The premise of this book is that our environmental dilemmas are products of biological and sociocultural evolution, and that through an understanding of evolution we can reframe debates of thought and action.
The purpose is to explain the wide variety of environmental worldviews, their origins, commonalities, points of contention, and their implications for the modern environmental movement.
In three parts covering the origins, evolution and future of environmentalism, it offers instructors and students a framework on which to map theory, case studies and classical literature.
It is shown that environmentalism can be described in terms of six human values-utility, stability, equity, beauty, sanctity, and morality-and that these are deeply rooted in our biological and cultural origins.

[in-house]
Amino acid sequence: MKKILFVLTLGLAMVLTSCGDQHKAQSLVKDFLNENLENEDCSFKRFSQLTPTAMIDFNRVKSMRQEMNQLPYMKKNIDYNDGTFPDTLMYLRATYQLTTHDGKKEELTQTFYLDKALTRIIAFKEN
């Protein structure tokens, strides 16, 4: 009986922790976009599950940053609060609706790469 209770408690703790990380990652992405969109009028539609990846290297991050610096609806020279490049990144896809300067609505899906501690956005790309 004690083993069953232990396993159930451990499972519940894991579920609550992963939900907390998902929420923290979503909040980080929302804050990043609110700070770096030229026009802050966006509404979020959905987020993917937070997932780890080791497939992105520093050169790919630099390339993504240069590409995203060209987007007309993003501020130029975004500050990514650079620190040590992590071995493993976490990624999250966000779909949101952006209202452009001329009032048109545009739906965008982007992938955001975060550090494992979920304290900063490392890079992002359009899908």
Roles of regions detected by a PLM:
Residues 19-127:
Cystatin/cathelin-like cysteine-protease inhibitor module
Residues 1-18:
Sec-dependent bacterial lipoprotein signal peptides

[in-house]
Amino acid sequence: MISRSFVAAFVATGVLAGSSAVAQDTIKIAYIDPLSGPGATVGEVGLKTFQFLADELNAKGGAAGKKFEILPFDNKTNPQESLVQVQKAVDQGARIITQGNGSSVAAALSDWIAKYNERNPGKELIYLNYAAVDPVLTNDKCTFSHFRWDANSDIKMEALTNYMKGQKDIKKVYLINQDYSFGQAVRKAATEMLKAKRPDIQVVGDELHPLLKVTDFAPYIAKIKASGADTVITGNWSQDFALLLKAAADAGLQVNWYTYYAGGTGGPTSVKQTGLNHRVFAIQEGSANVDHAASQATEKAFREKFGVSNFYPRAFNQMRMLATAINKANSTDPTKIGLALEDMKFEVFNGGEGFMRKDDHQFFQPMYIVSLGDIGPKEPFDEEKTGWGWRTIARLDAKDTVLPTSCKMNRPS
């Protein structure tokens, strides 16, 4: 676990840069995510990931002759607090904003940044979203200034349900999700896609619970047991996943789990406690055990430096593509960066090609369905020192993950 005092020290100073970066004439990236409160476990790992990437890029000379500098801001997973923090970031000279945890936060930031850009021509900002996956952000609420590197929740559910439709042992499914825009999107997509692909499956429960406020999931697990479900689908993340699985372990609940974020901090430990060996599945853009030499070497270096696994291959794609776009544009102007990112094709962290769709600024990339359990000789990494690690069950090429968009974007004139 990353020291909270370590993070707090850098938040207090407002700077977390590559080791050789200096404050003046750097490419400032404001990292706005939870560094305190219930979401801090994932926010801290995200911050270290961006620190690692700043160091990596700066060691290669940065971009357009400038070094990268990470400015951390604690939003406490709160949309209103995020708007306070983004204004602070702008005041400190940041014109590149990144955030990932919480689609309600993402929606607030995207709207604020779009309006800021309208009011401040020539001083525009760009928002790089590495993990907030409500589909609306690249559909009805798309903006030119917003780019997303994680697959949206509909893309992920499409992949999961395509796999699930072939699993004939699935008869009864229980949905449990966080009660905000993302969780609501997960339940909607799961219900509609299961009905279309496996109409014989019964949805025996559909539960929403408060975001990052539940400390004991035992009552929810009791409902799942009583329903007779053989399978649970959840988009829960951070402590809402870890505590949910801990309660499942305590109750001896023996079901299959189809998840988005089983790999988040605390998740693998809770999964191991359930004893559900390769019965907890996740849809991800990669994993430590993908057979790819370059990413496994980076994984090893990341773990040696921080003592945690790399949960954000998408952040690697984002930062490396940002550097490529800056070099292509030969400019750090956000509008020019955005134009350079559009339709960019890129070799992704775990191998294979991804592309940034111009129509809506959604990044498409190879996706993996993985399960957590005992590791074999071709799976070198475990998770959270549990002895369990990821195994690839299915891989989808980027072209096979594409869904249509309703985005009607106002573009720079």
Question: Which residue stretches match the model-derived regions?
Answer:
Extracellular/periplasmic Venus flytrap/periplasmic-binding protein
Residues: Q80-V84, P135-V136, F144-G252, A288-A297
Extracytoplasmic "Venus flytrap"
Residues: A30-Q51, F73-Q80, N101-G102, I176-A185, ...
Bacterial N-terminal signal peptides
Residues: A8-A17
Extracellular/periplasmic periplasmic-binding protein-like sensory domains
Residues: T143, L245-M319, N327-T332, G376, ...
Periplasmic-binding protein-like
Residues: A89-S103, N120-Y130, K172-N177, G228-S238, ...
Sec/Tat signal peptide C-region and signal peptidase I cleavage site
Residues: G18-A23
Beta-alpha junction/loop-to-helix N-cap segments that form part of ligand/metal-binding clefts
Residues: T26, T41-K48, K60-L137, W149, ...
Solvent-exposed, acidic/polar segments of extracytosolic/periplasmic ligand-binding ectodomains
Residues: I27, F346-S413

In building this case the book draws upon ecology, philosophy, psychology, history, biology, economics, spirituality, and aesthetics, but rather than consider these all independently it integrates them to craft a mosaic narrative of our species and its home.
From our evolutionary origins a story emerges; it is the story of humankind, how we have come to threaten our own existence, and why we seem to have such difficulty in acting together to ensure our common future.
Understanding our environmental problems in evolutionary terms gives us a way forward.
It suggests an environmentalism in which material views of human life include spirituality, in which our anthropocentric behaviors incorporate ecological function, and in which environmental problems are addressed by the intentional relation of humans to the nonhuman world and to one another.
Aimed at students taking courses in environmental studies, the book brings clarity to a complex and, at times, confusing array of ideas and concepts of environmentalism.